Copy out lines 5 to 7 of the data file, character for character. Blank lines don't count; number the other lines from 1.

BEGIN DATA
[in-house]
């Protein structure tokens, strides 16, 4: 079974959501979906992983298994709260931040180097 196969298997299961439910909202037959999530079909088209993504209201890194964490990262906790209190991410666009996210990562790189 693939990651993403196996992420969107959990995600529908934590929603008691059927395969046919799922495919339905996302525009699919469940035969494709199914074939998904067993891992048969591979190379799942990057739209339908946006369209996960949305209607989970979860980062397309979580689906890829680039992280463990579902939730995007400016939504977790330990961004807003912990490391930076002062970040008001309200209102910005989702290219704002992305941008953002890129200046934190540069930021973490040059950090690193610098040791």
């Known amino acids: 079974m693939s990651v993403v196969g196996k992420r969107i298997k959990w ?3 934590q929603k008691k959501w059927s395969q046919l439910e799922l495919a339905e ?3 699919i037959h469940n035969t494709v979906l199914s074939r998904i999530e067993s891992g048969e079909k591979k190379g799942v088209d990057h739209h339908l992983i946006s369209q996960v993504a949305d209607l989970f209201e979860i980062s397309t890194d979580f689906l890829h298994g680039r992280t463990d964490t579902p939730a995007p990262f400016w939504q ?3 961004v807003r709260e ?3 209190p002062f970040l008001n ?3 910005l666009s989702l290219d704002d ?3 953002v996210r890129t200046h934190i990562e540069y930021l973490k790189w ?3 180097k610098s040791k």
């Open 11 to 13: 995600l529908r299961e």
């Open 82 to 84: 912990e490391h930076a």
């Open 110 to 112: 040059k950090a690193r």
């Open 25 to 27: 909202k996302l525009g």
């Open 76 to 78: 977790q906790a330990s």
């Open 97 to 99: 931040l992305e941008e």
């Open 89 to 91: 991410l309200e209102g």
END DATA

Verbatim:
């Open 82 to 84: 912990e490391h930076a």
């Open 110 to 112: 040059k950090a690193r």
């Open 25 to 27: 909202k996302l525009g």